A New baby orca in the J-Pod of the southern resident killer whales was spotted off of the shores of Tofino by the Tofino Whale Centre (Photo credit: John Forde and Jennifer Steven)

Southern resident killer whales spotted in Salish Sea over the weekend

J-Pod only stayed for a couple of days before heading out again

Whale researchers spotted the southern resident killer whales in the Salish sea over the weekend, more than six weeks later than expected.

Traditionally the JPod, consisting of 74 known members, visits the waters of the Salish Sea and the Juan de Fuca straight starting in mid-May, but researchers grew concerned when they hadn’t been spotted by the end of June.

“The east coast of Vancouver Island is a place they’ve frequented as long as we’ve studied them,” said Michael Weiss, a biologist with the Center for Whale Research on San Juan Island in Washington state. “This year was unusual.”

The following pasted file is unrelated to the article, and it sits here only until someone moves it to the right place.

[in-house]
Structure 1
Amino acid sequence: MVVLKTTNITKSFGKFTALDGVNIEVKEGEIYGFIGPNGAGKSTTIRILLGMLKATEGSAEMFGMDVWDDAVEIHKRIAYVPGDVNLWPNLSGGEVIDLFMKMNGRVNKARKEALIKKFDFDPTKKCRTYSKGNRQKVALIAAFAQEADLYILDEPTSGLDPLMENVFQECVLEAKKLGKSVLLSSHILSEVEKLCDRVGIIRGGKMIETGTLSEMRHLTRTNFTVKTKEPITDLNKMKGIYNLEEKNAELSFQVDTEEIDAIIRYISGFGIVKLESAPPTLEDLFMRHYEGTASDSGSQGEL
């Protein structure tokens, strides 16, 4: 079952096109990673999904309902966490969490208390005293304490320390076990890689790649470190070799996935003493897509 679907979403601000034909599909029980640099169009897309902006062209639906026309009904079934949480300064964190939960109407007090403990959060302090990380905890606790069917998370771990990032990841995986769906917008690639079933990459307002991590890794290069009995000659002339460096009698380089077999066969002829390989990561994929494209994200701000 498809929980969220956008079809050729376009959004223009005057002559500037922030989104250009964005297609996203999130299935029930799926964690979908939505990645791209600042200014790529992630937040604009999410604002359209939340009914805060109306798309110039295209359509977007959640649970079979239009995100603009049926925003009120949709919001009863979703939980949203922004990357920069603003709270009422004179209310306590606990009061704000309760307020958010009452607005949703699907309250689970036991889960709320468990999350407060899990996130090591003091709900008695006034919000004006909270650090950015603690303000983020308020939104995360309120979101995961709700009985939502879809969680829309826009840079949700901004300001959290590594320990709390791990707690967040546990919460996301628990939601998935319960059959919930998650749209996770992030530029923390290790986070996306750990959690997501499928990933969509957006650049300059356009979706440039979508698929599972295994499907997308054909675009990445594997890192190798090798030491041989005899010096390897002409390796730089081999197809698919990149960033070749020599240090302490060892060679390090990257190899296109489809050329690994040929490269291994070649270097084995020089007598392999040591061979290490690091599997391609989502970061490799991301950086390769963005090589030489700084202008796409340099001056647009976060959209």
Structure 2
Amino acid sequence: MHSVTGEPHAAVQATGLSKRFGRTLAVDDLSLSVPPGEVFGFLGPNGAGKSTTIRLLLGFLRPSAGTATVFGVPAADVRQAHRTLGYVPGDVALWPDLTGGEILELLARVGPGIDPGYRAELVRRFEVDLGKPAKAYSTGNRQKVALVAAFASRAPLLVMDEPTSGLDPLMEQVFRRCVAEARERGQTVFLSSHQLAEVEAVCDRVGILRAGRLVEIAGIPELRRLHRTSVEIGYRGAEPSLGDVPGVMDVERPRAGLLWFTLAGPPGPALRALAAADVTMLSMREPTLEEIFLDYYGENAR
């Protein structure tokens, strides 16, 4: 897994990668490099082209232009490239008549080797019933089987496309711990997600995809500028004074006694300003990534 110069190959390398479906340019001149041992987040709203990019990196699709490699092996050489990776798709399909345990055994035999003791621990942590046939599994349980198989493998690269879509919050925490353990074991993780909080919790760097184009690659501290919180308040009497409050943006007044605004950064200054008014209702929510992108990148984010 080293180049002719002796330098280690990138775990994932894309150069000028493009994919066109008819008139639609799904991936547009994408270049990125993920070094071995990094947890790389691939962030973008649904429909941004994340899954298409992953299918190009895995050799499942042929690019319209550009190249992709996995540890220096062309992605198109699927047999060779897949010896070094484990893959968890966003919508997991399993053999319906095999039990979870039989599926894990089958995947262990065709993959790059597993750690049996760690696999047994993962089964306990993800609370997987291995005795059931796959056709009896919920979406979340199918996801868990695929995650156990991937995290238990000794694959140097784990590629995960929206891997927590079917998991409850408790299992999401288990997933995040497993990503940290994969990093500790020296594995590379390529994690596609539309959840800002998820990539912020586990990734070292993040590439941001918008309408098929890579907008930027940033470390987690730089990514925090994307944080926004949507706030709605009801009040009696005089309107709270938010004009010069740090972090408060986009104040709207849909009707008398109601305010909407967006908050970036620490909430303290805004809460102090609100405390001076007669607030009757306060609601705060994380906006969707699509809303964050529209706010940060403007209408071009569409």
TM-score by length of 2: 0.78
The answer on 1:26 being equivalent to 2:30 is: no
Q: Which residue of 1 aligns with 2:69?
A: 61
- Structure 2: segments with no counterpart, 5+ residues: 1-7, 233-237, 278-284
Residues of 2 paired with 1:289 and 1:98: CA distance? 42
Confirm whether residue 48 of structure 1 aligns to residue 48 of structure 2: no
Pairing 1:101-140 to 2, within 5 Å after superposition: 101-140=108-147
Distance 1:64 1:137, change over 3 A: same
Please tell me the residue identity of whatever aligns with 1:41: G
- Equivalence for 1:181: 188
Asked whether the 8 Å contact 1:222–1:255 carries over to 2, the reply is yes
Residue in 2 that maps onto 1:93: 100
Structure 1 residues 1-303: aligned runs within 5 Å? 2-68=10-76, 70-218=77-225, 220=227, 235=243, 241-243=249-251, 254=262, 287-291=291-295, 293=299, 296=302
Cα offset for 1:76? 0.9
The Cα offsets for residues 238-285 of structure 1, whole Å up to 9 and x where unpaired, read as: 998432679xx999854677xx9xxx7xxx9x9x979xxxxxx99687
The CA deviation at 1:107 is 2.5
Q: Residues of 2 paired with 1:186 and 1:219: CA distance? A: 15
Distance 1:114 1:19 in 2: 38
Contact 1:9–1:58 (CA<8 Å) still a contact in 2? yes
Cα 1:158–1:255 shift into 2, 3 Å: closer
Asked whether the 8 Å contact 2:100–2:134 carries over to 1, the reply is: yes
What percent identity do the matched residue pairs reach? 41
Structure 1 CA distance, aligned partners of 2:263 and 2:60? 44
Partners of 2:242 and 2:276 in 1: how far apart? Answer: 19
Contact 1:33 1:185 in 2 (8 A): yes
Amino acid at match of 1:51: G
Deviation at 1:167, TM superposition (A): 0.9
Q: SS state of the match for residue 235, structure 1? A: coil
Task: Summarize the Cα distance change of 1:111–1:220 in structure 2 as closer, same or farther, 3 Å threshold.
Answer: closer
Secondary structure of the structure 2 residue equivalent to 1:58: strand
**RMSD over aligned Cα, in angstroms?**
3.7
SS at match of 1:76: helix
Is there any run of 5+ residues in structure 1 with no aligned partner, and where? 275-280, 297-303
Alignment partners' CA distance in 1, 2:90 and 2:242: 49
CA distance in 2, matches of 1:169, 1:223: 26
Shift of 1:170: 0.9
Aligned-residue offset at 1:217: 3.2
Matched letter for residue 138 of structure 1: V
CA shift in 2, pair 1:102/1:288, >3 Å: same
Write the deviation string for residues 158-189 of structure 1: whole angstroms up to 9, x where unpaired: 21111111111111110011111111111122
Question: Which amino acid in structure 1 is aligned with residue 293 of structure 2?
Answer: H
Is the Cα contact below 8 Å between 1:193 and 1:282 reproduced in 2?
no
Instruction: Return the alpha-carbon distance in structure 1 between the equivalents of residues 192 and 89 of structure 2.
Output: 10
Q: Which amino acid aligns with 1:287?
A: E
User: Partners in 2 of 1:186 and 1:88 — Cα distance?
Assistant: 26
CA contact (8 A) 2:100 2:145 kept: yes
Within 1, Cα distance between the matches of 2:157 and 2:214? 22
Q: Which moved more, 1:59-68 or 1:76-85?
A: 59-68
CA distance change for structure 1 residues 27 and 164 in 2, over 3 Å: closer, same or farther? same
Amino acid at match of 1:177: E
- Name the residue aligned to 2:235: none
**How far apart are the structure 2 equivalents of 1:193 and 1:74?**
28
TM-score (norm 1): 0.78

However, on Saturday the JPod was finally spotted in local waters, captivating Victoria residents and tourists alike.

The pod didn’t stay long, however, heading back out after a couple of days and has been consistently spotted on the West Coast of Vancouver Island, frequenting spots outside of Tofino and Ucluelet.

“The West Coast has had a good run of chinook this year, especially in the spring,” Weiss said. “This has led them to shifting the usage of different areas.”

At the end of May, the Tofino Whale Centre spotted a new addition to the pod, a tiny baby girl who was still soft and slightly orange, as is usual for newborn orcas. She’s is J31’s first baby, and is estimated to be about one month old.

READ MORE: Sick orca J50 declared dead by 1 group while scientists remain hopeful

READ MORE: U.S., Canadian researchers consider capturing ailing orca J50

While most of the time one or two calves a year isn’t a big surprise, in recent years the JPod has had trouble producing viable calves. The last successful birth of a baby was in 2016 with the birth of J53.

In 2018, orca J35 gave birth to a baby who died shortly after birth and mourned by carrying the baby around for at least 16 days, capturing attention from around the world.